Gene therapy to treat a hereditary disease that causes blindness has received an eye-popping price tag of $850,000.

The drug, named Luxturna, was recently approved by the United States' Food and Drug Administration. It currently has a prohibitive cost, but the medicine may be the first step in the rise of gene therapy as a cure to various diseases and conditions.

What Does Luxturna Do?

Luxturna, as approved by the FDA, specifically targets a retinal dystrophy that is named biallelic RPE65. The disease, which affects up to 2,000 people in the United States, is caused by a genetic mutation that gradually disrupts the cells in the back of the eye forming the retina. This results in patients slowly losing their vision, leading to blindness for which there is no cure.

Luxturna is the first true gene therapy approved by the FDA for an inherited genetic disease. The treatment injects a modified cold virus straight into the patient's eye to deliver corrected genes directly to the retina.

A single treatment of Luxturna almost immediately reversed vision loss in most of the 21 volunteers who have received the drug.

Is Luxturna Too Expensive?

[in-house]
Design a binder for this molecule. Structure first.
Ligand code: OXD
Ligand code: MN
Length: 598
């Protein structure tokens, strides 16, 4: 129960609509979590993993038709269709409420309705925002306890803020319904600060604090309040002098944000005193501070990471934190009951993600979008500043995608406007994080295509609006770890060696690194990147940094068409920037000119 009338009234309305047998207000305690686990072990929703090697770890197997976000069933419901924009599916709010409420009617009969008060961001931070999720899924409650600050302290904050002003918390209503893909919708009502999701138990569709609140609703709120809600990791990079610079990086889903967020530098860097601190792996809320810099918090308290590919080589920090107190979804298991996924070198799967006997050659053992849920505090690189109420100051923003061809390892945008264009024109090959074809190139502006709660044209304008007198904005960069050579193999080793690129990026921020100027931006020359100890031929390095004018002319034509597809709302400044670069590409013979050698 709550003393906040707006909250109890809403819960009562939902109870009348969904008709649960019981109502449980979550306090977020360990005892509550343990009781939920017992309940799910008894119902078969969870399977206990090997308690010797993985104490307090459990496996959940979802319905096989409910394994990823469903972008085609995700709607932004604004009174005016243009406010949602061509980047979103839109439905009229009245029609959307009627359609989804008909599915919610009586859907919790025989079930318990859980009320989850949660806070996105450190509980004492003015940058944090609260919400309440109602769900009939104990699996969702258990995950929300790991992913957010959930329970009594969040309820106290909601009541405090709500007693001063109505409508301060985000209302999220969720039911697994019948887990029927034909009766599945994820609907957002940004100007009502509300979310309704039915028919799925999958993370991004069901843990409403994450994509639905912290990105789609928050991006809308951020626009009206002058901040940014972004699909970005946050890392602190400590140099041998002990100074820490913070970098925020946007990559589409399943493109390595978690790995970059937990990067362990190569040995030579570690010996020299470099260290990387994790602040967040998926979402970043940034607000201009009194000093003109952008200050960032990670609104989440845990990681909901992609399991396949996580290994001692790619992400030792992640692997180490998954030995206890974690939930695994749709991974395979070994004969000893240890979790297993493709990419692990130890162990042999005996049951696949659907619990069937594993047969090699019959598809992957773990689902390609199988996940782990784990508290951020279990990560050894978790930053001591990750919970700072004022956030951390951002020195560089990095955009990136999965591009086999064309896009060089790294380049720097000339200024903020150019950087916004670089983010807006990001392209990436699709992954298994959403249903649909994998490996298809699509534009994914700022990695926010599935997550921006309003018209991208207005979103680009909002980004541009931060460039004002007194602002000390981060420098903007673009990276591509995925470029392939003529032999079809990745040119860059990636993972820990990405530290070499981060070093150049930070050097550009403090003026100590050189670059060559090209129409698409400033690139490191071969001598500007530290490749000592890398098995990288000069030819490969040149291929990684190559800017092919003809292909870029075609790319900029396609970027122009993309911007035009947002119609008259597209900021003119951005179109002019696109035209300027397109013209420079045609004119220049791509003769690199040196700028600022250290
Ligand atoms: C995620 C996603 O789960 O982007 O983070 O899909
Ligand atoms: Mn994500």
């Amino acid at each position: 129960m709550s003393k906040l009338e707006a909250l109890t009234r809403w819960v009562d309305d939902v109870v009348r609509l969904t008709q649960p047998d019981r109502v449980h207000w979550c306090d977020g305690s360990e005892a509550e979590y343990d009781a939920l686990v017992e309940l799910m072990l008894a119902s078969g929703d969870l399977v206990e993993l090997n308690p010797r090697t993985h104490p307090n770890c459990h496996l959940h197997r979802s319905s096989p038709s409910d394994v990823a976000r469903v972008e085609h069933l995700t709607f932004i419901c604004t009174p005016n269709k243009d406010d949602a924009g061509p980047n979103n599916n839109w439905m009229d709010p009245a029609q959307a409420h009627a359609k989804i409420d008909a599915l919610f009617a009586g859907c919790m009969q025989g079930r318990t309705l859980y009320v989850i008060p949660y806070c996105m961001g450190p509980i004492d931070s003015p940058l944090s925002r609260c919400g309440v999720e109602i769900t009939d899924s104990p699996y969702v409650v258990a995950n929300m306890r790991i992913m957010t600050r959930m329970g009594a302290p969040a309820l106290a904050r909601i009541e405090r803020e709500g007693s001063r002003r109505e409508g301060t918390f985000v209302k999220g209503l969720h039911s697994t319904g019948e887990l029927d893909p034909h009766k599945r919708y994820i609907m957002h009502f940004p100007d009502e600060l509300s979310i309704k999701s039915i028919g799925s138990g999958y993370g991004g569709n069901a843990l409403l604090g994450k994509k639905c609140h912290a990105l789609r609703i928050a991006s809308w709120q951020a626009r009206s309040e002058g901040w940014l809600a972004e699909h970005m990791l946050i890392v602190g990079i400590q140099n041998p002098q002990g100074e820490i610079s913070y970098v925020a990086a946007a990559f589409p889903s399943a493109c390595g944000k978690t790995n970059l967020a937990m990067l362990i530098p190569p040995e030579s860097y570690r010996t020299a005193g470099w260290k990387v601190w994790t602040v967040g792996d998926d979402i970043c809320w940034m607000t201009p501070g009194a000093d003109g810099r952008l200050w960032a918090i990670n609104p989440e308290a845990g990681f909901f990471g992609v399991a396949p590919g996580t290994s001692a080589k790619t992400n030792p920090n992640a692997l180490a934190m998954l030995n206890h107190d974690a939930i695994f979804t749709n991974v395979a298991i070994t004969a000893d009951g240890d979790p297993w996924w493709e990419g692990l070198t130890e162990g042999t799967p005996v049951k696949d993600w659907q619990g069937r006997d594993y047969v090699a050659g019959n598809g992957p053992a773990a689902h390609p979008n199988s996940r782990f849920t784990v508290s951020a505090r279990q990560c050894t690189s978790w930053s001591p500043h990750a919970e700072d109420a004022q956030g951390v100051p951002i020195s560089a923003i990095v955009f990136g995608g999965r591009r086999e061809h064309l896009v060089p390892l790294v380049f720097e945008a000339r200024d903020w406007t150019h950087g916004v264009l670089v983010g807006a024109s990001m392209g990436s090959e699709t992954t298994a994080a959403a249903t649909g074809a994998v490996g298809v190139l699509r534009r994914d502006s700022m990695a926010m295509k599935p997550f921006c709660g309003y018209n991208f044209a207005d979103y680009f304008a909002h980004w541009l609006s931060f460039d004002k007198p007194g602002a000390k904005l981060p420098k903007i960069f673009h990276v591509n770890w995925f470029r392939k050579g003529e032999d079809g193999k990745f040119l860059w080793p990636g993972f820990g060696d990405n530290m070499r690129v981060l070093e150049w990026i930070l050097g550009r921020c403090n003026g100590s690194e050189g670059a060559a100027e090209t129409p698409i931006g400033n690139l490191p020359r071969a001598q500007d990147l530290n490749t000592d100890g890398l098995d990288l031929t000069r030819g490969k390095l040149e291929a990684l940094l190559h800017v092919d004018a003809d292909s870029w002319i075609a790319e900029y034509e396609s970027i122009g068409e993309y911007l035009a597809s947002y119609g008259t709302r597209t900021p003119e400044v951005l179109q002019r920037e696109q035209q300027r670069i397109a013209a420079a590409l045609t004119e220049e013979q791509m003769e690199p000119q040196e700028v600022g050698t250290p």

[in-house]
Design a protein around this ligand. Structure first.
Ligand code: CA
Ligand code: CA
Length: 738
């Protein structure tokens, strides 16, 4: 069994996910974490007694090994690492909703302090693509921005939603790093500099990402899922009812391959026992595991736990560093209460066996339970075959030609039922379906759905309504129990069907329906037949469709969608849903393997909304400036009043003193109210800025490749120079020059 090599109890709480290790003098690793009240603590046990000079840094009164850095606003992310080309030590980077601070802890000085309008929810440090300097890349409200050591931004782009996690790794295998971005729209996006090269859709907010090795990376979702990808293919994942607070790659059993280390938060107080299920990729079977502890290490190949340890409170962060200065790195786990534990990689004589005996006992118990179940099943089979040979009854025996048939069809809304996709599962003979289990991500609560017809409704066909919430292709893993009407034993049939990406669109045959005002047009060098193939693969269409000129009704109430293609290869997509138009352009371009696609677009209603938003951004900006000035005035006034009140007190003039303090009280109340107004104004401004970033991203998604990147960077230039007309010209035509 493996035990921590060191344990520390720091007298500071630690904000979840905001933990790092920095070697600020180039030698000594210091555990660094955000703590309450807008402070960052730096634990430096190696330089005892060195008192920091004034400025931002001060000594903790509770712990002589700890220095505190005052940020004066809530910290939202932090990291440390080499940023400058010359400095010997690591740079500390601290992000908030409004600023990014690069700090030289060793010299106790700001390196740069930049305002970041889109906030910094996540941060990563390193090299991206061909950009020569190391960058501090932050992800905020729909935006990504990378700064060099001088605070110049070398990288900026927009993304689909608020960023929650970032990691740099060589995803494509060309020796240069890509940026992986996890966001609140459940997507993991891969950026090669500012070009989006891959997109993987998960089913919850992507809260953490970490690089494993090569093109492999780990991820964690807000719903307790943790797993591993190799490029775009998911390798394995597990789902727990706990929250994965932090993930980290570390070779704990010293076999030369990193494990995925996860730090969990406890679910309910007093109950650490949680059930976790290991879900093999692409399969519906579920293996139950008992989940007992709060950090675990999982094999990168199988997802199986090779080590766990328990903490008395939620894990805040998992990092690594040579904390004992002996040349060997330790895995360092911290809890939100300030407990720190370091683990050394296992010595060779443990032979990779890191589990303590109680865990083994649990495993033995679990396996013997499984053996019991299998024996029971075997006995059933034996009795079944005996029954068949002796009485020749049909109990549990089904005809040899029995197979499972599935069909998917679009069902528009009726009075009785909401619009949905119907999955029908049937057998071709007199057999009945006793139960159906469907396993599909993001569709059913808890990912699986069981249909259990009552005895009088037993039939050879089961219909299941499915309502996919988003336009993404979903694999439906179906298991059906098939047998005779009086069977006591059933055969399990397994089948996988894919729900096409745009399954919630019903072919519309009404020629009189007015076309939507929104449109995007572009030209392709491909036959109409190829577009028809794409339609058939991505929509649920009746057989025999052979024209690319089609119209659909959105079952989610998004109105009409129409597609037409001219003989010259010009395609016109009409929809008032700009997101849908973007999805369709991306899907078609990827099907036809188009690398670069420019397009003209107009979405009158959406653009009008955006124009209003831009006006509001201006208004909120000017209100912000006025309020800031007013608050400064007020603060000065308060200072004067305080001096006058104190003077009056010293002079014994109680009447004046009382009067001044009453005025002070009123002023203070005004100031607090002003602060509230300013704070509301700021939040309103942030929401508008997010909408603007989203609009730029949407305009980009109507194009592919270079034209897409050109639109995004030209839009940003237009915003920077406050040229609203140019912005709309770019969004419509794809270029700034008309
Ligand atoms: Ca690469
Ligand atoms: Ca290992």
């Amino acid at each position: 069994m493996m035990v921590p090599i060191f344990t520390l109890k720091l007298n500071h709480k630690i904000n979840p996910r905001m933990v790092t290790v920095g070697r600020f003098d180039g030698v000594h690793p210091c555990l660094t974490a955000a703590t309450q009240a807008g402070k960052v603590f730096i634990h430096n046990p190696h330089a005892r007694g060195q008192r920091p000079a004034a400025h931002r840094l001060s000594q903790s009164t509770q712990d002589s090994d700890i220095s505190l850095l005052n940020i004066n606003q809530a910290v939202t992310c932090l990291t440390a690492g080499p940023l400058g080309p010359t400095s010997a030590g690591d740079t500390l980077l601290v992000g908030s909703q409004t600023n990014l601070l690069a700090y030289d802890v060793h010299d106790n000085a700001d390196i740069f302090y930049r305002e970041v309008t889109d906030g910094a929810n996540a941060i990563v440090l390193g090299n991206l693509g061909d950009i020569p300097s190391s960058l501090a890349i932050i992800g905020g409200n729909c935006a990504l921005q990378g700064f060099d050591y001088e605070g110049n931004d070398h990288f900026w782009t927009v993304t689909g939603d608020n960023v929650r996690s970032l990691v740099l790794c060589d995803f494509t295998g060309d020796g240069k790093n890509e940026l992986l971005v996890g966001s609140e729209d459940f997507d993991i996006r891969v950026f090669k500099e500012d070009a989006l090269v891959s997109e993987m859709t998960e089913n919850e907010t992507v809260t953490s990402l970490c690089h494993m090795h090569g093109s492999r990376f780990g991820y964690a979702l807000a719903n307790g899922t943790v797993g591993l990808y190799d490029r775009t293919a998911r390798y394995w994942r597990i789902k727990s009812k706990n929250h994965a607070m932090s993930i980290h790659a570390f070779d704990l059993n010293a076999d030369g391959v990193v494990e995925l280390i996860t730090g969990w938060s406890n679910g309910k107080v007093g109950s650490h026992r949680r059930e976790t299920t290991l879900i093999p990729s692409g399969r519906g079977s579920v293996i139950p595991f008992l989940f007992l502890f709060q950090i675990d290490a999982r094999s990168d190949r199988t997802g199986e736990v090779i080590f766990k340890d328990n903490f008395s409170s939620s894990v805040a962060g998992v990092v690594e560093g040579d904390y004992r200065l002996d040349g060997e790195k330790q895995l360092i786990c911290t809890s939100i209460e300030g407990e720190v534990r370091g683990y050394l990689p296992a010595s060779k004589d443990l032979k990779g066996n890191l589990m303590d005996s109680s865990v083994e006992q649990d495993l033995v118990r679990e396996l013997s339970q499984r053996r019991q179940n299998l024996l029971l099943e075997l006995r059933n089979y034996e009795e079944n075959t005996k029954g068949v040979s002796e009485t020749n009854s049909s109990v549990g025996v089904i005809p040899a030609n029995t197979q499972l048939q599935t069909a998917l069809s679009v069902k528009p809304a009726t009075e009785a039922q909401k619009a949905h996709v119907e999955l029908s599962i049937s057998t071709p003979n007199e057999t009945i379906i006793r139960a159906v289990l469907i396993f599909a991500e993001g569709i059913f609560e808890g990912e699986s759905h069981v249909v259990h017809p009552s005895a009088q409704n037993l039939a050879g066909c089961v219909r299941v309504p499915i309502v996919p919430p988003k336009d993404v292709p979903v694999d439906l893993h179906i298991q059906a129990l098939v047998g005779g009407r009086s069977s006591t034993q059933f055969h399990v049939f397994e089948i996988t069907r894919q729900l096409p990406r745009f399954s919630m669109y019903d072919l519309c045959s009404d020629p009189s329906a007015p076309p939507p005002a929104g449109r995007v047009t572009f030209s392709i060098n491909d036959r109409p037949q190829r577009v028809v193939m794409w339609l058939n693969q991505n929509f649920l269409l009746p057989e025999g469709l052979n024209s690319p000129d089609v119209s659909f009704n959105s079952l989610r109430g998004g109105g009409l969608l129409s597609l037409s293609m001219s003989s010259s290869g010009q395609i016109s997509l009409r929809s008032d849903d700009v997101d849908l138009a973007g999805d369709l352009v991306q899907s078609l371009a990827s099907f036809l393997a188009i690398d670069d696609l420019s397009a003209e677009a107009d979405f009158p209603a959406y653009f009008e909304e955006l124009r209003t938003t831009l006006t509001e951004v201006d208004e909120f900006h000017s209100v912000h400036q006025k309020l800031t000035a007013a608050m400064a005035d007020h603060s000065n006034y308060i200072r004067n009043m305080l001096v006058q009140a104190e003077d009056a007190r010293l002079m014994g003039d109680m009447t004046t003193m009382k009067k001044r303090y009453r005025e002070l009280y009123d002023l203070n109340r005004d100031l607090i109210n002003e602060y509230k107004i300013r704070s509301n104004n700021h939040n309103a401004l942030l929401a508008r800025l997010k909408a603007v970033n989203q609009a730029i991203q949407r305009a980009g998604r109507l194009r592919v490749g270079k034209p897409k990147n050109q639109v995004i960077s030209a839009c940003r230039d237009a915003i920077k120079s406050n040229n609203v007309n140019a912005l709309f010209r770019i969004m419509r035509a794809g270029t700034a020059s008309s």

At $850,000 for a treatment of Luxturna, the medicine appears to be grossly expensive. However, in a press release, Spark Therapeutics, the company behind the gene therapy, noted that this is a one-time treatment. In addition, it is working with stakeholders in the healthcare industry, including health insurers, for installment options and rebates.

However, even though the cost is lower than the $1 million price tag that analysts were expecting, there remain concerns that the drug is overpriced.

"The new payment models announced today are merely a way to disguise a price that is simply too high," said Patients For Affordable Drugs founder and president David Mitchell. "Spark Therapeutics is charging as much for Luxturna as they think they can get away with."

Gene Therapy: The Future Of Medicine?

As questions swirl around the cost and effectiveness of gene therapy, it could not be doubted that Luxturna is a breakthrough in the development of this kind of medicine.

Gene therapy, instead of addressing the symptoms of inherited diseases, looks to correct defective genes that form their foundation. In addition to inherent blindness, gene therapy is being developed to cure hereditary deafness, leukemia, sickle cell anemia, and many others diseases.

Luxturna is not quite there yet, as clinical data shows that it does not fully restore vision and it only works for up to four years. However, medical researchers will likely continue working to improve the effectiveness, and hopefully also to bring down the price, of gene therapy.

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